Postgraduate student, Dan Rosenthal, in the MSc Human Resources and Organisations programme studying Organisational Behaviour will be writing his very own ‘LSE Top 5’ series. Let’s start with something every LSE student needs to do when they first arrive…find the best places to study. Only when you have mastered that essential task can you turn to bigger and better things.
I’m Dan and I’m excited to be writing what may be the first of many (2…3…maybe more?) posts about my top 5 favourite places on LSE’s campus.
Before we begin, I want to call out a few disclaimers about my list:
- I’m a writer (aka Human Resources student) and not a photographer…therefore, I cannot vouch for the quality of my pictures. However, the iPhone XS has pretty a good camera, so maybe you will be impressed.
- I’m limiting my list to 5 potential study spots on campus – this is purely based on personal preference and ease of access. Do explore beyond this list as there are so many different spaces at LSE, conducive to a good learning environment, that I’m sure I’ve missed.
- While there are numerous private and group study areas on LSE’s campus, I’d be remiss if I didn’t mention that there are also numerous cafés in the surrounding area – take advantage!
Without further ado and in no particular order…
3rd Floor Centre Building
The Centre Building at LSE is brand new and was completed in time for this academic year. To be honest, I’m not sure what students did before this building existed but am so glad that it’s here.
It not only provides some of the best study spots on campus, but is also home to lecture halls, smaller classrooms, social areas, a café, and outside terraces.
While the 1st and 2nd floors have numerous study spots, head up to the higher levels to find quieter, more private areas on the academic department floors. You’ll also have a better chance at grabbing a spot, since the lower levels can be quite packed with students throughout the day.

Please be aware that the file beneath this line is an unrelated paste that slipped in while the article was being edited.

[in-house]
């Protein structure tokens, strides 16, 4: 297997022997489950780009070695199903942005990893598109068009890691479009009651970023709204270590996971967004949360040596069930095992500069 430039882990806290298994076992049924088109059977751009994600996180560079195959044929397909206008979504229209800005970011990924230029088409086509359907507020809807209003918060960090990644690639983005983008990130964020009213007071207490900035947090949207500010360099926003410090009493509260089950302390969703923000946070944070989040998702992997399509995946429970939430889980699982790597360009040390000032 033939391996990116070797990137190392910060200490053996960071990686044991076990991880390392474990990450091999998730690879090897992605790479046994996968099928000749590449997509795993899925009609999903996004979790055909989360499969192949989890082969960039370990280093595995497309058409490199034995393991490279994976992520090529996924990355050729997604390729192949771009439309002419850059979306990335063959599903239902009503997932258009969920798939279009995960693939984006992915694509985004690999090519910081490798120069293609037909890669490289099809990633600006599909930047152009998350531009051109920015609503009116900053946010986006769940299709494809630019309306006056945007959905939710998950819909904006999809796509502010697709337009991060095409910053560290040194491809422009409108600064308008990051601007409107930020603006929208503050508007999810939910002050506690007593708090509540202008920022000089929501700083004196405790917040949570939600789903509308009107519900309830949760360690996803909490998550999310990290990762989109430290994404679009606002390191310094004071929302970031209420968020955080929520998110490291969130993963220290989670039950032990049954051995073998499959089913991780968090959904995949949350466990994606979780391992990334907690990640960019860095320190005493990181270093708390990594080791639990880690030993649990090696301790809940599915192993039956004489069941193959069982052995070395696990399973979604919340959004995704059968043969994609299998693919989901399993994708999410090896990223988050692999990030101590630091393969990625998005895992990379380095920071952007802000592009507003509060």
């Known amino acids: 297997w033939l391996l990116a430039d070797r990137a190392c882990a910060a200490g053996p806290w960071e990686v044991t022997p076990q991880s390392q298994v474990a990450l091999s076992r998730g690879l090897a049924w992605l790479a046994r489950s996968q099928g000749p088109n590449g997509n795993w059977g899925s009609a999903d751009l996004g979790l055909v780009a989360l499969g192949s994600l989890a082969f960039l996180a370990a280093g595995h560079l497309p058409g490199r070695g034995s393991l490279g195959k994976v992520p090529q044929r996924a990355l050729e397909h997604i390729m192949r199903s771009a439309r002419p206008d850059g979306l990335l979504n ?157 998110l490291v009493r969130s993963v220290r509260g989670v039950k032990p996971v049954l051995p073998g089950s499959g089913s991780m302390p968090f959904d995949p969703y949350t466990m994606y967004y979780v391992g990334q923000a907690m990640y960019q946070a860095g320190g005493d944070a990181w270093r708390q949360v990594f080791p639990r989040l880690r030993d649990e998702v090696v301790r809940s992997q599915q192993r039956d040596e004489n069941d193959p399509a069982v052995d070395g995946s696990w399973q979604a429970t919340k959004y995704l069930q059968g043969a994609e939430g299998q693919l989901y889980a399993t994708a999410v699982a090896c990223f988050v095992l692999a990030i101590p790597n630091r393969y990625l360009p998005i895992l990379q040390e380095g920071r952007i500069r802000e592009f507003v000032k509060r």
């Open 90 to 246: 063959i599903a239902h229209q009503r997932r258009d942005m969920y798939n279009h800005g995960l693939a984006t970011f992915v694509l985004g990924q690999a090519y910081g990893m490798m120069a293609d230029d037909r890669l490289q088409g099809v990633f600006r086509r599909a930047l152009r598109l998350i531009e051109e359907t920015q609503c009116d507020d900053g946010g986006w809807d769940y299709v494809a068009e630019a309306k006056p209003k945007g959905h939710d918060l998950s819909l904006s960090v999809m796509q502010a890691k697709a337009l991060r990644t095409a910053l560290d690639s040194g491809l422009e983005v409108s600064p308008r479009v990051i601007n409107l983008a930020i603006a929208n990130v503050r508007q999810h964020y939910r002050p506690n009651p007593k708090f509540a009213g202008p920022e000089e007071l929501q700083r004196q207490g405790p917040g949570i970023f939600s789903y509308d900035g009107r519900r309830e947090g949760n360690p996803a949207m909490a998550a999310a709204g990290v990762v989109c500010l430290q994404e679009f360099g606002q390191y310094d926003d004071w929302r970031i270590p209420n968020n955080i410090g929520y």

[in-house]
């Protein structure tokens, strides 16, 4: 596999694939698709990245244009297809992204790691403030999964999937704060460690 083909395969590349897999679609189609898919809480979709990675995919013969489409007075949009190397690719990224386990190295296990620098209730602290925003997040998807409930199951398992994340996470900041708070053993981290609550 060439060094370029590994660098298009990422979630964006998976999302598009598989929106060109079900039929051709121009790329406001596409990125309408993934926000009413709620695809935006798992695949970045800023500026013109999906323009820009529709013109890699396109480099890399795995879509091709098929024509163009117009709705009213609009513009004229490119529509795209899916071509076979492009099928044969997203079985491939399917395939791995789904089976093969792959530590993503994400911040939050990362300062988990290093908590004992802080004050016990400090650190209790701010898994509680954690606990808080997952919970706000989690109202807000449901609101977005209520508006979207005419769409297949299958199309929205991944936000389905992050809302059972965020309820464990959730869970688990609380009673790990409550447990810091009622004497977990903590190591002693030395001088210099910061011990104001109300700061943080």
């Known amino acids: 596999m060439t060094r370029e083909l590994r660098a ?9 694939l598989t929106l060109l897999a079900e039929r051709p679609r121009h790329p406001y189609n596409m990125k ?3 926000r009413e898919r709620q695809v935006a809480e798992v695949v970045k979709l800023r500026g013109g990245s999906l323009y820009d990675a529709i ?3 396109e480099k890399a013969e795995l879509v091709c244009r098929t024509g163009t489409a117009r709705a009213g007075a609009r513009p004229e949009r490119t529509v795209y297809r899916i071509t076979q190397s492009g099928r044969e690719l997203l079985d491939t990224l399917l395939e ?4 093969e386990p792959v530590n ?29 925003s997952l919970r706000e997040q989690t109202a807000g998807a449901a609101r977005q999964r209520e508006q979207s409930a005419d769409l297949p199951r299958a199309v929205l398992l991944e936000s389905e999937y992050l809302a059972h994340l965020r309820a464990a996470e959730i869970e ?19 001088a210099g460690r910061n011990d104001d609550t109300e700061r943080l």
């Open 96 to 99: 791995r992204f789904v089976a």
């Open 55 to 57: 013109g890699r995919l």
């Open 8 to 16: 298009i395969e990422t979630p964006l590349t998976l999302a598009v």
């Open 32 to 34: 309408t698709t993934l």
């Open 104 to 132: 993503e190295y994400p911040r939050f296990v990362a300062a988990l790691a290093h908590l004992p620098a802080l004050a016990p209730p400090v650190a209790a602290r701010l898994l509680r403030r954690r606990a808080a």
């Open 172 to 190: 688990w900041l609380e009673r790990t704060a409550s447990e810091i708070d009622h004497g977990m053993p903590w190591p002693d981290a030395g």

4th Floor Main Library – Collaborative Space
The British Library of Political and Economic Science at LSE is impressive and features a staircase that spirals up through its centre. The library houses numerous private and group study spaces, as well as LSE Life (honorable mention for this list).
Of particular note is the group collaborative space on the 4th floor. In addition to housing communal tables for teamwork, it has comfortable red “pods” (I don’t think that’s the technical term) that are slightly more private and feature monitors/screens for working on presentations.
6th Floor Old Building – Shaw Library
Nestled away on the 6th floor of LSE’s Old Building, the Shaw Library not only acts as a quiet study space, but also offers room for musical performances and rehearsals throughout the year.
It’s very picturesque (photo doesn’t do it justice) and has a more traditional library vibe to it.
It is usually very quiet and offers a safe refuge to get some reading done. It can fill up quickly depending on the time you go, so scope it out and claim your spot! Doesn’t it just make you want to study?
Staircase Landings – New Academic Building
The New Academic Building (NAB for short) houses academic departments (such as the Department of Management) as well as numerous classrooms, lecture halls, open collaborative spaces and cafes including a Vegan one.
As you climb the stairs to each of the lower floors, you’ll find public spaces on each landing. These make for a place to relax between classes or study.
It can sometimes be a bit loud due to the open design of the building but it’s a great place to work on group projects or prep with classmates before a seminar.
The LSE Garrick Café
Ok – so this one might not be a traditional study space, but I highly recommend giving it a try.
As you can see from the list above, I tend to prefer slightly more social study situations as opposed to complete silence. The Garrick is no exception, as it can be loud around lunch time and mid-afternoon. That being said, it’s a delight and a good place to grab a coffee or tea before getting to work on some reading.
Put in your headphones and you are all set.
Some areas (pictured below) can be more private, but there are numerous tables throughout the café. As the café is at the edge of campus (and the opposite end from the library), you feel a little bit of separation from your academics. Don’t forget to people watch if you grab a window seat.
That’s it for now! I hope you enjoyed some of my favourite study spots on campus. More to come.